Sharpe ratios of VIX ETNs through 2018-01-31

Discussion in 'ETFs' started by ajensen, Feb 7, 2018.

  1. ajensen


    Morningstar publishes historical returns, volatilities, and Sharpe ratios for ETFs and ETNs. The data for the 5 years through 2018-01-31, before the XIV crash, are below. As measured by the Sharpe ratio, and even more so by the Sortino ratio, the SPY was considerably better than XIV in risk/reward terms even before the crash. An investment with a lower Sharpe than the SPY can be worthwhile if it provides diversification, but XIV was known to have positive correlation and negative convexity with respect to the SPY. UPRO is the triple-leveraged S&P 500 ETF. If one wanted higher returns even at the cost of lower Sharpe, UPRO looked better than XIV or ZIV. I did not have a large fraction of my wealth in XIV, and I did get out on Monday before the crash, but in retrospect I wonder why I was in it at all. Of course, one can try to time vol ETP investments, but collectively, timers will do worse than passive holders because of transaction costs and taxes.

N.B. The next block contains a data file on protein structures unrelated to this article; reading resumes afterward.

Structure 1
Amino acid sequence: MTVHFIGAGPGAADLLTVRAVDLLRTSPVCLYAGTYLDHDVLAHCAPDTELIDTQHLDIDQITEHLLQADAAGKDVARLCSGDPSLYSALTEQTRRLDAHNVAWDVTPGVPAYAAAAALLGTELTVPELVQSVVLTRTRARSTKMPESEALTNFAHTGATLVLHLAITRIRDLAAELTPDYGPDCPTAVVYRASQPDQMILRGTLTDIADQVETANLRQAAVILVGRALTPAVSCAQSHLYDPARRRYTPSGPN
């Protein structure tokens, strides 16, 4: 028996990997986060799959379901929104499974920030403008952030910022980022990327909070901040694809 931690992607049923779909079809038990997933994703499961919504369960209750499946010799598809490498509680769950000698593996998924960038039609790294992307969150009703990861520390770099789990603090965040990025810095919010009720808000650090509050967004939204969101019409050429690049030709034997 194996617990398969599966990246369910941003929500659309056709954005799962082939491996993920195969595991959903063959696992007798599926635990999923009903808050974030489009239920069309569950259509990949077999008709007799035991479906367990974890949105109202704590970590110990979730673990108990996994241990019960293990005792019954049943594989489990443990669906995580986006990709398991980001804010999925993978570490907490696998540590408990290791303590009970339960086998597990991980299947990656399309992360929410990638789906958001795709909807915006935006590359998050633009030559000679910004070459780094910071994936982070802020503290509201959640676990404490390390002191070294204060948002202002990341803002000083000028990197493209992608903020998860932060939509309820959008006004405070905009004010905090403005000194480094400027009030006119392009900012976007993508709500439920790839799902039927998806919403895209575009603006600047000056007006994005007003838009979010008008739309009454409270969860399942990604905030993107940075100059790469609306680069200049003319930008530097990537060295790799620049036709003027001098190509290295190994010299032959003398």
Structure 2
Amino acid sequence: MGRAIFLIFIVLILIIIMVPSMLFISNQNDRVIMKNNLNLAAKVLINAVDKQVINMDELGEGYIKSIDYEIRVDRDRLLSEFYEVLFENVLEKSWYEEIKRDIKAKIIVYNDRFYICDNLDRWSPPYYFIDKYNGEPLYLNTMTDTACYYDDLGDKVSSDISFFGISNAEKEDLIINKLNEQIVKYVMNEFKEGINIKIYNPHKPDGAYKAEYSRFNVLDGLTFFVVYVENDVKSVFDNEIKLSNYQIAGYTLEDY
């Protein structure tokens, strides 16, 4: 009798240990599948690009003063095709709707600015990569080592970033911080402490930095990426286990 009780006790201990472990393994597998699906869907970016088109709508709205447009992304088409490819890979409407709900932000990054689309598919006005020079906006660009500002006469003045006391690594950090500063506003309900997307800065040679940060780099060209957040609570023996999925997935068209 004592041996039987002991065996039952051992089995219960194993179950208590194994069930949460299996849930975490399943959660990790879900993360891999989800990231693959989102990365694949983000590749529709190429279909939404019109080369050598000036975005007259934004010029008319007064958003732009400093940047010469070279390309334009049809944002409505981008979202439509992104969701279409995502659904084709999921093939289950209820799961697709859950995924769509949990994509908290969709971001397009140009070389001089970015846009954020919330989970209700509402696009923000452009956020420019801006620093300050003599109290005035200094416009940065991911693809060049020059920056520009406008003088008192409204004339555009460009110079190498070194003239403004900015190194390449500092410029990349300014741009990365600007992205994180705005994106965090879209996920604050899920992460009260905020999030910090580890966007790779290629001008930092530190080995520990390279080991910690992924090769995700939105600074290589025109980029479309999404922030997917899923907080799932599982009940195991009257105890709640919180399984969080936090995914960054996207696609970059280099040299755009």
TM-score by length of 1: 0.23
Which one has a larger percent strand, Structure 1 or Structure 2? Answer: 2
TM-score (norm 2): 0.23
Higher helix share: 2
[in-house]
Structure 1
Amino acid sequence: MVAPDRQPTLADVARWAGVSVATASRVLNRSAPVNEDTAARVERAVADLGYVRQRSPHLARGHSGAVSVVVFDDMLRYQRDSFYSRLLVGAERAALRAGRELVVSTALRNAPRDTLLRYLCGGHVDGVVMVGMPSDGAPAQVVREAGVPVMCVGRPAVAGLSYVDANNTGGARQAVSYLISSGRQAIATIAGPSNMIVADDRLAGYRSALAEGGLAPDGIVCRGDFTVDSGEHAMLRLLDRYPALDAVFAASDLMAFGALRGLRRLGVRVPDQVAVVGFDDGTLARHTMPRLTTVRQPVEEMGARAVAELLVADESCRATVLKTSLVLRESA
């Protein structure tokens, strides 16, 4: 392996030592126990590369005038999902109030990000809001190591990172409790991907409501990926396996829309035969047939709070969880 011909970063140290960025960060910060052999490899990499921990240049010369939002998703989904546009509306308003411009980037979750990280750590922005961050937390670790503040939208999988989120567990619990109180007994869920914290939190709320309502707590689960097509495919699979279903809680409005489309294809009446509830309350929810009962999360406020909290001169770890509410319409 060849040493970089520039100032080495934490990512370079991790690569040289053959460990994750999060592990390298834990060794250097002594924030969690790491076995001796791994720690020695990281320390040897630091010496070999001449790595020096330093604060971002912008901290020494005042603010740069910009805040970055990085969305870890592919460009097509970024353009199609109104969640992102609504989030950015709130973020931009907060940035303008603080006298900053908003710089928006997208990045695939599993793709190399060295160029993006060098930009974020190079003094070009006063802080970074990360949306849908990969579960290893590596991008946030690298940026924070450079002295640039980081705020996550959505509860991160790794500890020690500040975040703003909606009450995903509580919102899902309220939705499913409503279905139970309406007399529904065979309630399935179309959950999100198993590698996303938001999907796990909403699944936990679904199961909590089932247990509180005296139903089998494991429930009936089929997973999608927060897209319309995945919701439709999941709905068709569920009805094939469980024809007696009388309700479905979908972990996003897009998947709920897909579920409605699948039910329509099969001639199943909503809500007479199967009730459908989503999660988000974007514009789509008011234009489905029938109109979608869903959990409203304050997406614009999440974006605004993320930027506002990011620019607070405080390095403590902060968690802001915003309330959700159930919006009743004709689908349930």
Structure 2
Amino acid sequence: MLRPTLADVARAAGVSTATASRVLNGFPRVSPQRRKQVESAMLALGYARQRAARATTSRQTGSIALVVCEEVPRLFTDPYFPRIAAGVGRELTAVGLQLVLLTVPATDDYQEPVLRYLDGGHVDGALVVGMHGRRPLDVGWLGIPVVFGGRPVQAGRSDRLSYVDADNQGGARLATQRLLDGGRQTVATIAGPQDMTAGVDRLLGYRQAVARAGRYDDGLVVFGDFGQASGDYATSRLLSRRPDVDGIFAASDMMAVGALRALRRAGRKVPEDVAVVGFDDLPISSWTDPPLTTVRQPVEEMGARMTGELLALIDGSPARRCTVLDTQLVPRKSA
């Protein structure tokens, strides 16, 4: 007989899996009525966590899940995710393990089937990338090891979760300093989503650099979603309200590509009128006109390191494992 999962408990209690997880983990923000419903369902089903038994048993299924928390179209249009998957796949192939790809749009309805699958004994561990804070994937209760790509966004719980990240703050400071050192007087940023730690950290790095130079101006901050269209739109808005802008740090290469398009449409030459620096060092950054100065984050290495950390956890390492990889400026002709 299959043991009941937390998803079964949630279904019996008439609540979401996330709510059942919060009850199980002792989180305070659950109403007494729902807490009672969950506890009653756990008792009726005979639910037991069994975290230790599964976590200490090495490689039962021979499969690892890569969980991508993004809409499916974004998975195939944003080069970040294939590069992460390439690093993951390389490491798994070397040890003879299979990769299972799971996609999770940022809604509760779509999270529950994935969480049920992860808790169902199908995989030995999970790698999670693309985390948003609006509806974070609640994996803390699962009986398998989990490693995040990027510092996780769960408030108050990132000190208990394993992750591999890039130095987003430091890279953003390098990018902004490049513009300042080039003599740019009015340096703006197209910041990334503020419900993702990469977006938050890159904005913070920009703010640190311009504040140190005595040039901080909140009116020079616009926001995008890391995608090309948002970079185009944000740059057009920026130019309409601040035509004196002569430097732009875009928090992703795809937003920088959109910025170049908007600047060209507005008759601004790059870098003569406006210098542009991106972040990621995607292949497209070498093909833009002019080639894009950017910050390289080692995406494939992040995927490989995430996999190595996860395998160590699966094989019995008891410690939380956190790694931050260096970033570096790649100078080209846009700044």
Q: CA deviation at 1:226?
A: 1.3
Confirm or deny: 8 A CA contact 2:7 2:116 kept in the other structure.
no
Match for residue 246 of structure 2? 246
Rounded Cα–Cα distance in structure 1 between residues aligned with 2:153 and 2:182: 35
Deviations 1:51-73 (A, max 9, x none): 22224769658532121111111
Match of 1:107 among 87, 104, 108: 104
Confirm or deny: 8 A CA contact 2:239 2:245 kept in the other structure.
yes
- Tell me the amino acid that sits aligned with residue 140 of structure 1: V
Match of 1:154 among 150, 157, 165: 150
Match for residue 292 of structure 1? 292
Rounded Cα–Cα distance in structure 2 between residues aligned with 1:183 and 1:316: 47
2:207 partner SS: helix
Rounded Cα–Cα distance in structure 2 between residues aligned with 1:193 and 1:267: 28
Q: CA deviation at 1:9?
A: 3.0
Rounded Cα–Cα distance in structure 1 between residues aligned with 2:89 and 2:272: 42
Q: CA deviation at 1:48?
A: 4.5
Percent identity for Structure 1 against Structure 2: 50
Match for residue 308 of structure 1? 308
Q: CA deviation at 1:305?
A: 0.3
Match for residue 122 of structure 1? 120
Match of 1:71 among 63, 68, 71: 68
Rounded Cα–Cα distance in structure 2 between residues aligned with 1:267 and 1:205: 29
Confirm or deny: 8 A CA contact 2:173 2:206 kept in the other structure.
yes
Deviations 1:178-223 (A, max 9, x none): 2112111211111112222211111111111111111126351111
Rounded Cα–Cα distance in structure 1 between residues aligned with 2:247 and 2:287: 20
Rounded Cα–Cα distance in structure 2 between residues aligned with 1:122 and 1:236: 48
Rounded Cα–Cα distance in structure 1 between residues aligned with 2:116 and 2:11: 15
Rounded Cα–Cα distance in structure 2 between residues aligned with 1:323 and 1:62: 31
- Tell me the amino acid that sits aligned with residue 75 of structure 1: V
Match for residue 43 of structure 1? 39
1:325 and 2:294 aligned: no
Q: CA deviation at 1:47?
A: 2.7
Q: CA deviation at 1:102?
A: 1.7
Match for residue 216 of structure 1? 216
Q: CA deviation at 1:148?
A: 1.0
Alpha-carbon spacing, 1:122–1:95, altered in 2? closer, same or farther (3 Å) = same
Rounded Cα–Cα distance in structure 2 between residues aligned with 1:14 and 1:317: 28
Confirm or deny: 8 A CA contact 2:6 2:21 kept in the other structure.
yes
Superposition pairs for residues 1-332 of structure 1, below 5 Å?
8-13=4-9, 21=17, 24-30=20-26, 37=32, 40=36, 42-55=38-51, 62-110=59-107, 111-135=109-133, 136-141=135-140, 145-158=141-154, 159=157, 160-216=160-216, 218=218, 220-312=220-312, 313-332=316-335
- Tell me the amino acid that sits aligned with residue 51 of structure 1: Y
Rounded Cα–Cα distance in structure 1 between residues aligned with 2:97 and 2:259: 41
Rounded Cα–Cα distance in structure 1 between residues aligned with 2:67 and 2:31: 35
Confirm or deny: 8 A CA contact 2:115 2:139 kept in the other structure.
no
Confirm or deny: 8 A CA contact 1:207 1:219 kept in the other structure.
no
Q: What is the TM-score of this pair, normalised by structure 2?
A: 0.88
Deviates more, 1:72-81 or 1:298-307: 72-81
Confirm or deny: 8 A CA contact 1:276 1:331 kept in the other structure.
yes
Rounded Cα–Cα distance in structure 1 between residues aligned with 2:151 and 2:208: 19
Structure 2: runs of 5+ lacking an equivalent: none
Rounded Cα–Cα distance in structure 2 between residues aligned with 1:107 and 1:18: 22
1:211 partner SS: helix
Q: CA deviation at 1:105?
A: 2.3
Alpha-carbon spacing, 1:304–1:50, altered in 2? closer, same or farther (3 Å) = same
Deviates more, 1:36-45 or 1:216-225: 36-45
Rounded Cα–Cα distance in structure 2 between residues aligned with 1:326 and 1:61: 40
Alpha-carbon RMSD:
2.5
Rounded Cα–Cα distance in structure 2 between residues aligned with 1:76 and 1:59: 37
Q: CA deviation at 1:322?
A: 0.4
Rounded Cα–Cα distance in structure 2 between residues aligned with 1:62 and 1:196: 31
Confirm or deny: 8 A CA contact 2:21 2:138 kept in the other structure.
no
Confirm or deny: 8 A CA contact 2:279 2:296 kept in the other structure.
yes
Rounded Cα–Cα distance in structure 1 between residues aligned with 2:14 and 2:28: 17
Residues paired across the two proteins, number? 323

ETP vol return Sharpe Sortino
    XIV 56.11 42.45 0.92 1.56
    ZIV 25.17 25.28 1.02 1.73
    UPRO 29.75 45.32 1.41 2.77
    SPY 9.52 15.78 1.56 3.10​
  2. Interesting ajensen. I dunno what the Sharpe or Sortino ratio is, I guess I'm going to look those up. But presumably they are some benefit-to-risk ratio. If you looked back at XIV before a couple days ago, it would have had HUUUUUGE gains and not really many drawdowns. So I would assume the ratios look to the underlying assets of the ETFs to determine the ratios, rather than just how they have performed in the market thus far?